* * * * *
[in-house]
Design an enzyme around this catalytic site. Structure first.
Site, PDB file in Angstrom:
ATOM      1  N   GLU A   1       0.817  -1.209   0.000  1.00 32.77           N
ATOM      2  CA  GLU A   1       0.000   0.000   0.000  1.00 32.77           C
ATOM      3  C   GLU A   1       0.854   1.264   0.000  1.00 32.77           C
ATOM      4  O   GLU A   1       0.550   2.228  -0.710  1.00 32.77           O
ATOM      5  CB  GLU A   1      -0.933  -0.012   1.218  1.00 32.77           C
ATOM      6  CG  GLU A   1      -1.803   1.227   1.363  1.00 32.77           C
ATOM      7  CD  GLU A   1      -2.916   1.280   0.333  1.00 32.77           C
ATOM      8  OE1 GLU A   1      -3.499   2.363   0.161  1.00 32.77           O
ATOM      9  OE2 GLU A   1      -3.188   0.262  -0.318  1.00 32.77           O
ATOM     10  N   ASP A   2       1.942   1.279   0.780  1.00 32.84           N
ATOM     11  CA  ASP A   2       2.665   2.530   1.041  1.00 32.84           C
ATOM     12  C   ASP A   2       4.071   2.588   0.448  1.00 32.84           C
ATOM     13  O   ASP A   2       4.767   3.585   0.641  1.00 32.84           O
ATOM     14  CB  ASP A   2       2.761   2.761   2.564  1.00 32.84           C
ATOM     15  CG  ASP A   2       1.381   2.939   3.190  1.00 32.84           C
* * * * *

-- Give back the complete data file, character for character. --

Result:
[in-house]
Design an enzyme around this catalytic site. Structure first.
Site, PDB file in Angstrom:
ATOM      1  N   GLU A   1       0.817  -1.209   0.000  1.00 32.77           N
ATOM      2  CA  GLU A   1       0.000   0.000   0.000  1.00 32.77           C
ATOM      3  C   GLU A   1       0.854   1.264   0.000  1.00 32.77           C
ATOM      4  O   GLU A   1       0.550   2.228  -0.710  1.00 32.77           O
ATOM      5  CB  GLU A   1      -0.933  -0.012   1.218  1.00 32.77           C
ATOM      6  CG  GLU A   1      -1.803   1.227   1.363  1.00 32.77           C
ATOM      7  CD  GLU A   1      -2.916   1.280   0.333  1.00 32.77           C
ATOM      8  OE1 GLU A   1      -3.499   2.363   0.161  1.00 32.77           O
ATOM      9  OE2 GLU A   1      -3.188   0.262  -0.318  1.00 32.77           O
ATOM     10  N   ASP A   2       1.942   1.279   0.780  1.00 32.84           N
ATOM     11  CA  ASP A   2       2.665   2.530   1.041  1.00 32.84           C
ATOM     12  C   ASP A   2       4.071   2.588   0.448  1.00 32.84           C
ATOM     13  O   ASP A   2       4.767   3.585   0.641  1.00 32.84           O
ATOM     14  CB  ASP A   2       2.761   2.761   2.564  1.00 32.84           C
ATOM     15  CG  ASP A   2       1.381   2.939   3.190  1.00 32.84           C